Cubriendo cinco años del progreso empresarial, El Estado del Sector de Cooperativas de Trabajo de 2017 es un informe sobre las empresas que son propiedad de los trabajadores en los Estados Unidos. Este informe es una coproducción entre el Instituto de Democracia en el Trabajo y la Federación de Cooperativas de Trabajadores de los Estados Unidos, basándonos en los últimos desarrollos en el campo y profundizando nuestra comprensión del sector.
Covering five years of business progress, the 2017 Worker Cooperative State of the Sector is a report on worker-owned business in the United States. This report is a co-production of Democracy at Work Institute and U.S. Federation of Worker Cooperatives, drawing upon the latest developments in the field, and deepens our understanding of the sector.
On June 13 and 14 in Washington, DC, many of the nation’s leading experts in employee ownership, sustainable business and finance, community and economic development, and philanthropy came together in a Learning + Design session. Co-hosts for the meeting were Marjorie Kelly and Jessica Bonanno of The Democracy Collaborative and Camille Kerr of Democracy at Work Institute. The purpose of the session was to discuss how to achieve unprecedented scale of employee ownership by focusing on achieving an audacious goal: 50 million U.S. employee-owners by 2050.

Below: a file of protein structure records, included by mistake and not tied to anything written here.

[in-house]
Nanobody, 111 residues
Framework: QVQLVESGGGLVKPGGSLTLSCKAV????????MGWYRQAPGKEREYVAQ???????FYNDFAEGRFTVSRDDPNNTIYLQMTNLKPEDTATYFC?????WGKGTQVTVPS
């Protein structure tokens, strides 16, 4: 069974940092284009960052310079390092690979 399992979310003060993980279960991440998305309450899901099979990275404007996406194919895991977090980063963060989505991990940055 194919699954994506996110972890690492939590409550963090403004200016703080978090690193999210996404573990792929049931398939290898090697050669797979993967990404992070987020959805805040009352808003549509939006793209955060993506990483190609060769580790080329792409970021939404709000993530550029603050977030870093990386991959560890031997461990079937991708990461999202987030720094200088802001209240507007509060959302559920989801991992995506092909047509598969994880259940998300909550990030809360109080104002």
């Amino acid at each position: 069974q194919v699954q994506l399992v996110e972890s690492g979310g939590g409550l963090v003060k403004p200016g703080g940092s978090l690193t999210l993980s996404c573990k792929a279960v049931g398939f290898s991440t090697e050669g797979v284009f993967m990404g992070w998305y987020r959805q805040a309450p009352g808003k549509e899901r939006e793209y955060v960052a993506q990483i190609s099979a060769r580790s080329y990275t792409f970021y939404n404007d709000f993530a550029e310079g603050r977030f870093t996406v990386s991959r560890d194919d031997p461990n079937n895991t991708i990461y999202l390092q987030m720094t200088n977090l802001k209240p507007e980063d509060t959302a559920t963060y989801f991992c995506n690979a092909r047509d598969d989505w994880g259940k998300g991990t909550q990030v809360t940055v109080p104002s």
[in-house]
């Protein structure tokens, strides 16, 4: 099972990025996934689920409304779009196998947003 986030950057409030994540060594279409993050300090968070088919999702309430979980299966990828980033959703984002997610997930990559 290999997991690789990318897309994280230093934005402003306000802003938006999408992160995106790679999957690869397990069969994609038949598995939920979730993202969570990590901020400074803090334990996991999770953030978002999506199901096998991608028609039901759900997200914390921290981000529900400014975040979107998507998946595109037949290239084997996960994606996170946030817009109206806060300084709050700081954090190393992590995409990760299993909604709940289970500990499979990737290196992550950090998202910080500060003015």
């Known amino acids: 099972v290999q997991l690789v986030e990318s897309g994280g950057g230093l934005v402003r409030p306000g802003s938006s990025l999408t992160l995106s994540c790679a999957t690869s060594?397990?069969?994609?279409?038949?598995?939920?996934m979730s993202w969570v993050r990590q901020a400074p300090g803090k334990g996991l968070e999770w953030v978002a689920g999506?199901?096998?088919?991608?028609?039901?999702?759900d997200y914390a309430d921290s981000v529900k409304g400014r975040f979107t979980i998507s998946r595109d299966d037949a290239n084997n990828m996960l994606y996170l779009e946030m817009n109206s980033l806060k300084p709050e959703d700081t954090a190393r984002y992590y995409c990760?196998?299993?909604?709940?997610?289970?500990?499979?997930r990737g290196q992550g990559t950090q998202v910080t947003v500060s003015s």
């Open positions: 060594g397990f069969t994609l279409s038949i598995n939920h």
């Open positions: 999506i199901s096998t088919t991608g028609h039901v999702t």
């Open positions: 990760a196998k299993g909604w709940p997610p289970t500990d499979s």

At age 60, when many of her friends are considering retirement, Josefina Luna is chair of the board of CERO Cooperative Inc. CERO is a five-member worker-owned cooperative on a mission to encourage composting and create jobs in the hard-up Boston neighborhoods of Roxbury, Dorchester, and East Boston. It's a small but unusually diverse team: Of the five worker-owners, two are African-American, two are Latinas, and one is white. They communicate in English and Spanish.